Trying to say that the coronavirus has made all kinds of problems with gun sales laws come to light is ludicrous at best. But then it really comes as no surprise opportunistic organizations and individuals are using the pandemic to push their agendas. What is it CAP wants? More restrictive gun control.

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  1. There should be training for organizations like cap to exist.

    yeah, it sounds just as dumb doesn’t it?

    • And the training is worthless if it is not blindingly EXPENSIVE! With weekly refreshers. And offering an opinion while non-current on the refreshers is a $50,000 fine and a year in jail, plus lifetime prohibition on offering an opinion.

      • What’s wrong with a BS in Sociology? I’ve got one, but I digress. Half of gun owners have at least one gun they don’t lock up. Yup, it’s our EDC gun which does us no good locked away. Mine’s never more than 18 inches away.

        • You don’t lock your doors in rural Texas?

          I had heard that there were caravans of dangerous criminals, rapists and murderers coming from south of the border and yet you don’t see the need to lock your doors.

          No waves of ankle biting anchor babies?

          What about the platoon sized narcotrafficker units, hauling major weight on their back across the Rio Grande with calves the size of cantaloupes?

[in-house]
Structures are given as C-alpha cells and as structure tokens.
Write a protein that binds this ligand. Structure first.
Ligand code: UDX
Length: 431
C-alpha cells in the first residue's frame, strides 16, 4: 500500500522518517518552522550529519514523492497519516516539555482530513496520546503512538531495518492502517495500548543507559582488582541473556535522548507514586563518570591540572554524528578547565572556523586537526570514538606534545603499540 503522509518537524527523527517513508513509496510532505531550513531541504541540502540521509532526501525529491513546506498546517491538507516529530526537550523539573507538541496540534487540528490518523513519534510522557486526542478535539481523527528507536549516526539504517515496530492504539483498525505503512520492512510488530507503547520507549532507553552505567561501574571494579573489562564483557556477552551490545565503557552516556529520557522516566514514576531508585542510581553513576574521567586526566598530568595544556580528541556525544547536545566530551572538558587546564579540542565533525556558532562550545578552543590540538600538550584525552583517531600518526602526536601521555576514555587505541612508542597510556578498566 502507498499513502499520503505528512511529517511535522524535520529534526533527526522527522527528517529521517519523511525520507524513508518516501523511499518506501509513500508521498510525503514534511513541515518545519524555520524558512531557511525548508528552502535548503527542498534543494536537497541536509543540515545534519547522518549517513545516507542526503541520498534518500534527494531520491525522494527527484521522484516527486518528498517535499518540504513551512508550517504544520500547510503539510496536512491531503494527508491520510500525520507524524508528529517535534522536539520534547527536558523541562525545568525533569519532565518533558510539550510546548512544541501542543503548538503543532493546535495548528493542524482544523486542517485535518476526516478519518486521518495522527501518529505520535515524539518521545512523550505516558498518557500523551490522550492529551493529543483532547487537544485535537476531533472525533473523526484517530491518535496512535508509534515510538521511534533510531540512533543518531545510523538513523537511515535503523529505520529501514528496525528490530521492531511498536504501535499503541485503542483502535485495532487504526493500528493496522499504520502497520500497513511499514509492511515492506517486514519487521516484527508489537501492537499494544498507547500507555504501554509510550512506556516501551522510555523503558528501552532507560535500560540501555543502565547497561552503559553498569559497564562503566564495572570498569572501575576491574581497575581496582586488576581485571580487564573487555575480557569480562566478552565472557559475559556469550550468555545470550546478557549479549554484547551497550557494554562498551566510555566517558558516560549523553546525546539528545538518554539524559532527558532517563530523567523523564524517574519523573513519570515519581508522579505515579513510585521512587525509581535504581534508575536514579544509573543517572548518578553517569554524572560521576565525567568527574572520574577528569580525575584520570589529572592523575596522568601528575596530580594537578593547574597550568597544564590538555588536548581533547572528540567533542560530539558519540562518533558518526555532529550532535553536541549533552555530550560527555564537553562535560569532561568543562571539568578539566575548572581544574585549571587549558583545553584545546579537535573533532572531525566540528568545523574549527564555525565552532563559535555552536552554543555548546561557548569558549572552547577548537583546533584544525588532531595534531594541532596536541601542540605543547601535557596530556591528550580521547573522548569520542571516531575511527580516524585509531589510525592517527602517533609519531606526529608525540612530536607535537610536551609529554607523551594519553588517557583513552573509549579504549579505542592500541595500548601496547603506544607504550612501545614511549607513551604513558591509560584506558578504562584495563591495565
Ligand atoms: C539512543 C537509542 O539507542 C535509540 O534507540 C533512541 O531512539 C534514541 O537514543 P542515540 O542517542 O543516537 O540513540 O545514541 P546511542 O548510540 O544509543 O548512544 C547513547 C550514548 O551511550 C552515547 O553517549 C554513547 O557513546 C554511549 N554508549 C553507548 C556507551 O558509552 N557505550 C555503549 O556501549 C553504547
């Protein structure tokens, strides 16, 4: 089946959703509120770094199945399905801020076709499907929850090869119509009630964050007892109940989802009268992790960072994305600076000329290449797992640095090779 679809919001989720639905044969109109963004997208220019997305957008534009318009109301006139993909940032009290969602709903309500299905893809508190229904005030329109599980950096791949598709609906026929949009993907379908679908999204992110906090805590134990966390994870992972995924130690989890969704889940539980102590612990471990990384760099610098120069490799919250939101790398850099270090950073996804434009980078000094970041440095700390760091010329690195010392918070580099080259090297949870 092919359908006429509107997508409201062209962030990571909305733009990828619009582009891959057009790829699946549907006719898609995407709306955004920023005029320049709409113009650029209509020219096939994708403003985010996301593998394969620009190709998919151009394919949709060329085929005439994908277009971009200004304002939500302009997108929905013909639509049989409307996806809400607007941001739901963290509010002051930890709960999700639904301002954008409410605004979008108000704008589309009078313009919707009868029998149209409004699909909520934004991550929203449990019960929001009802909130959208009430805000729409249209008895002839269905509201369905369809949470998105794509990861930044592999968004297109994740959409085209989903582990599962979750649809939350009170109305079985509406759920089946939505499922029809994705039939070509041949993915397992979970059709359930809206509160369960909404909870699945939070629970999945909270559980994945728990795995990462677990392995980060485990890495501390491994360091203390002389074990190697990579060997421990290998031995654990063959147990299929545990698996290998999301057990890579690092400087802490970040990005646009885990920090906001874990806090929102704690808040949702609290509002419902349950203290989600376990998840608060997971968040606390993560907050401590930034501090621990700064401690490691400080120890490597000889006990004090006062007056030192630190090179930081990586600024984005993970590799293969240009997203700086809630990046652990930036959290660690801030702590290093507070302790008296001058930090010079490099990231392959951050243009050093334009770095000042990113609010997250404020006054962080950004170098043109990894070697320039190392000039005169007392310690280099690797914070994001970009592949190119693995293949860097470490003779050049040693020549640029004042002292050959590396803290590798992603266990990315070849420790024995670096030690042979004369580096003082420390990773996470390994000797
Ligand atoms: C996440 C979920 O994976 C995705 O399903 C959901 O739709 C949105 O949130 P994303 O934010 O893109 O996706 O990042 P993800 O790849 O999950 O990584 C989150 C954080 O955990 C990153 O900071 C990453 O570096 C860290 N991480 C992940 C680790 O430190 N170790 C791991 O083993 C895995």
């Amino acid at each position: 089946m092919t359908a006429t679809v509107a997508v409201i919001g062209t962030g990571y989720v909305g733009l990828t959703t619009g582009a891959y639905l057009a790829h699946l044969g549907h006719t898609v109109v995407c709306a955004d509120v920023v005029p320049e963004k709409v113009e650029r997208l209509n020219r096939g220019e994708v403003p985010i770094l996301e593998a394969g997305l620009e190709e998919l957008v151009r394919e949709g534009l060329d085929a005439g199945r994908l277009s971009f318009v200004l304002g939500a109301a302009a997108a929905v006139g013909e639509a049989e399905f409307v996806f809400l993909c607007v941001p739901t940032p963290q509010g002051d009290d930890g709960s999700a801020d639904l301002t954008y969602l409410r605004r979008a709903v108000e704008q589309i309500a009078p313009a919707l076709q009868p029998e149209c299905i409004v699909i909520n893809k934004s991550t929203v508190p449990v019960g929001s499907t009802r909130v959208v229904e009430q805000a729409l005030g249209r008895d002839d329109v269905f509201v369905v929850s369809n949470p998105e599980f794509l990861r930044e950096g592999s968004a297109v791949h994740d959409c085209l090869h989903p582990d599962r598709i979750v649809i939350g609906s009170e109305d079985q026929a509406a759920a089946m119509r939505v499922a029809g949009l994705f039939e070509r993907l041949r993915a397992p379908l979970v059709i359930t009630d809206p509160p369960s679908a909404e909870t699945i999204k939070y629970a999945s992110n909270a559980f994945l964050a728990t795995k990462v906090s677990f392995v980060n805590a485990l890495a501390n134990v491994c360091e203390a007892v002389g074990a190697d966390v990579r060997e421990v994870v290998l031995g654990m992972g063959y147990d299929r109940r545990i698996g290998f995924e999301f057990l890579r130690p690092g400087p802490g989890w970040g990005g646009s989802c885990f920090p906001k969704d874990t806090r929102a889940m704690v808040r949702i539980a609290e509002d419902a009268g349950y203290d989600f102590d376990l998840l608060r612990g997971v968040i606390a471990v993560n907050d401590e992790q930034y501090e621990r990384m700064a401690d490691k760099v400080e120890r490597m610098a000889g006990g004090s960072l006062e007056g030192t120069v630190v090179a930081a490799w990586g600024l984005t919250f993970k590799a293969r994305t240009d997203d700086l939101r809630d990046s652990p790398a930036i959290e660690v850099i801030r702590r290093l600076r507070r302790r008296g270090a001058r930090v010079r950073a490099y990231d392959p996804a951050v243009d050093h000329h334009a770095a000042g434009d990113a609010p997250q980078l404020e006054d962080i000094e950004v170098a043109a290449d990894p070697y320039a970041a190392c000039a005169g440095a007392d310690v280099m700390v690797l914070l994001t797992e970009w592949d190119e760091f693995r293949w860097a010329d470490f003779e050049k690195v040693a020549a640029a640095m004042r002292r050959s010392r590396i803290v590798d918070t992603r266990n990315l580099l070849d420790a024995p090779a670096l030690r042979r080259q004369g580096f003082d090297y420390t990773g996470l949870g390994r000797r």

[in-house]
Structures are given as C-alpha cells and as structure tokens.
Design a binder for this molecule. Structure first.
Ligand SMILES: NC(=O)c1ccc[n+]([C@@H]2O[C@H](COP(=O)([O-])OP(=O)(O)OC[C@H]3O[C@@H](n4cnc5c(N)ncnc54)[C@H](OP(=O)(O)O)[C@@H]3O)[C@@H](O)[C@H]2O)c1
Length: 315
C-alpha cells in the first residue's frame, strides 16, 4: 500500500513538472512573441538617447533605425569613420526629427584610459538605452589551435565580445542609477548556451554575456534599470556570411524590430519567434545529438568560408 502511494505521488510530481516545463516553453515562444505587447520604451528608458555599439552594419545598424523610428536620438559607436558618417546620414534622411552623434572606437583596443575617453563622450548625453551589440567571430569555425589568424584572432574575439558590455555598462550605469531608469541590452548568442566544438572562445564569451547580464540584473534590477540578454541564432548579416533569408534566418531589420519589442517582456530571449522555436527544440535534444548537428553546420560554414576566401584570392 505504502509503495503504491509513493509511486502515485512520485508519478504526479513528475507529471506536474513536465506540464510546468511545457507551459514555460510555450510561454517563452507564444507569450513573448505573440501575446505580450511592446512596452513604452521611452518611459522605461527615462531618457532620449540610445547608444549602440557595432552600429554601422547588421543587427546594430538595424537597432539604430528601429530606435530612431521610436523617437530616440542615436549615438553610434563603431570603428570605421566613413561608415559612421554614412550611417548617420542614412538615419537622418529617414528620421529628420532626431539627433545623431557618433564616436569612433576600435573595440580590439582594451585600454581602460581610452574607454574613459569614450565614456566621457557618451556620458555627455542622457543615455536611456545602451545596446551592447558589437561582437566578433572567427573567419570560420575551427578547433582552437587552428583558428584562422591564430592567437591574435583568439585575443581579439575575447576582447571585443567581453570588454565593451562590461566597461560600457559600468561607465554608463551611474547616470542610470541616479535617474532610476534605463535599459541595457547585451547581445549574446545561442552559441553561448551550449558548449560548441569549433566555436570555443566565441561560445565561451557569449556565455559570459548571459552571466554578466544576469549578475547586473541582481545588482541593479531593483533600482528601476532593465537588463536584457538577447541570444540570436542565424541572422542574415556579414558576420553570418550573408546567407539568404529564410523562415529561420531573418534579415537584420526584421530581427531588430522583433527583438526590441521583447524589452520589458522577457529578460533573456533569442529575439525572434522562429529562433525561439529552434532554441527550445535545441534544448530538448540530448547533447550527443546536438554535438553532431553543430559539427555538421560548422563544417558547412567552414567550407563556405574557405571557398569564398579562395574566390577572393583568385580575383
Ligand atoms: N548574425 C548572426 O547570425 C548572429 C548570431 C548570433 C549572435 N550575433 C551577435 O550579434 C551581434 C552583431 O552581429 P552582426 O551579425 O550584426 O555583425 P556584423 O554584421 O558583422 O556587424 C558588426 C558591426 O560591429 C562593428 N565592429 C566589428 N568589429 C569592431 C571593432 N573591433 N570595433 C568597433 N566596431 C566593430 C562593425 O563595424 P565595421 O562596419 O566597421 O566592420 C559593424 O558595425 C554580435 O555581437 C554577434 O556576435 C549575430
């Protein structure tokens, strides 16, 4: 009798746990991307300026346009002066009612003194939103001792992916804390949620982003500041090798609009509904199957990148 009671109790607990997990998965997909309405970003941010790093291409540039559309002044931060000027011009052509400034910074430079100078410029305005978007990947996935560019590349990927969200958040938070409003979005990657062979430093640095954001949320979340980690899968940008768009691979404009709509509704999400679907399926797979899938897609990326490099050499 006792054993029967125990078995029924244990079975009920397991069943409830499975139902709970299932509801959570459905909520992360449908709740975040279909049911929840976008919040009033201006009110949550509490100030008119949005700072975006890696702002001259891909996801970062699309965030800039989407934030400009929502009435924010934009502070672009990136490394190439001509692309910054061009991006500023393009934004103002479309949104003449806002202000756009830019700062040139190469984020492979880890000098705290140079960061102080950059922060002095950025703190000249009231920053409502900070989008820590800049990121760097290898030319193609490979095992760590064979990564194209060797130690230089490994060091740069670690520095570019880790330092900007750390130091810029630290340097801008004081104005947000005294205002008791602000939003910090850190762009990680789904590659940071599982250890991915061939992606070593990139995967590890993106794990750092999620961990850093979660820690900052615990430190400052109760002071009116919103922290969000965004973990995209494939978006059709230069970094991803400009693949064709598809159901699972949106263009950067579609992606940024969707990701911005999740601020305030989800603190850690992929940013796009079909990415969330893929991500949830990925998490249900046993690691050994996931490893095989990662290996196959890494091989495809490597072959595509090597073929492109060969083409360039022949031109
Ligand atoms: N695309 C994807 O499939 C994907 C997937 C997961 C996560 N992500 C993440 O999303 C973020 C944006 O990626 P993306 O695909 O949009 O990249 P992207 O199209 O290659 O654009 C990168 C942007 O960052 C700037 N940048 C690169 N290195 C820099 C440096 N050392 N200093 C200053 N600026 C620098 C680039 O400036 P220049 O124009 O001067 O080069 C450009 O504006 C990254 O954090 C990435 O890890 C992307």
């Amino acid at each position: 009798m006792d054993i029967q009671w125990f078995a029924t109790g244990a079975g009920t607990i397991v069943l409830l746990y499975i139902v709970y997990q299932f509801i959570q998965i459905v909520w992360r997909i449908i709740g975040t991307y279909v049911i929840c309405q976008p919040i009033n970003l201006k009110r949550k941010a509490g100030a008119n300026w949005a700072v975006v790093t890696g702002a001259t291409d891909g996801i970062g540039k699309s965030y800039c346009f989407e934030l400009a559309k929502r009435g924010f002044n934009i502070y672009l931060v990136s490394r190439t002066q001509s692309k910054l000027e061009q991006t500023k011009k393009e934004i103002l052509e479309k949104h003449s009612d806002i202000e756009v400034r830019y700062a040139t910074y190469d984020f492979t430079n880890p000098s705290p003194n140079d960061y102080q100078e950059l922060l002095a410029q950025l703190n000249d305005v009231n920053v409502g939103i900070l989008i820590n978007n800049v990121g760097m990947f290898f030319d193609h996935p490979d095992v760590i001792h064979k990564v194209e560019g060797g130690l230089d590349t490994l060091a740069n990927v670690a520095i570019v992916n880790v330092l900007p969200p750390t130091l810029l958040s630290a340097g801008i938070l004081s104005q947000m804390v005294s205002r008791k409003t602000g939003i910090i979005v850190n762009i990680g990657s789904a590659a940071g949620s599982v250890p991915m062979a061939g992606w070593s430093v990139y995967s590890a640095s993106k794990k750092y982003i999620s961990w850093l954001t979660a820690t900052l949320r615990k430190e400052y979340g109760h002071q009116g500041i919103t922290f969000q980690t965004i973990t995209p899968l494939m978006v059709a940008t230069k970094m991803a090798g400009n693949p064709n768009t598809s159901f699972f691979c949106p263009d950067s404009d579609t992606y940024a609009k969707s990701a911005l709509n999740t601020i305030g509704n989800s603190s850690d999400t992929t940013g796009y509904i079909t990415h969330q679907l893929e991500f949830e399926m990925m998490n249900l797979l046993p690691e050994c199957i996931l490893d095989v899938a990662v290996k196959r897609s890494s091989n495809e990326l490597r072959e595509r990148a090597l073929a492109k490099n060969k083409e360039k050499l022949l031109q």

No stumbling herds of COVID-19 zombies, dripping with green glowing putrescence?

        • Love the satire!

          Reality is there is little need to lock up anything in rural Texas. Sure, there are Criminals. But they mostly target each other. A career in crime is way more dangerous and way less profitable in a small community than in major cities like Chicago, NYC, San Fran, or evening Houston, Dallas, San Antonio or Austin. Like any profession, you gotta go where the money is ya know?

  2. Only loopholes around are the loopy aholes who haven’t read the Constitution and want Americans disarmed.

    • Loophole vs feature:
      If I don’t like it, it’s a loophole.
      If I like it, it’s a feature.
      This short guide is intended to help people navigate the rationale behind this type of story. You now know that if the word “loophole” appears in a headline, then the story is written by someone who doesn’t like the underlying activity.

  3. “Did the pandemic theater we’re currently experiencing somehow do something to thrust guns into the hands of more criminals? No, it did not. ”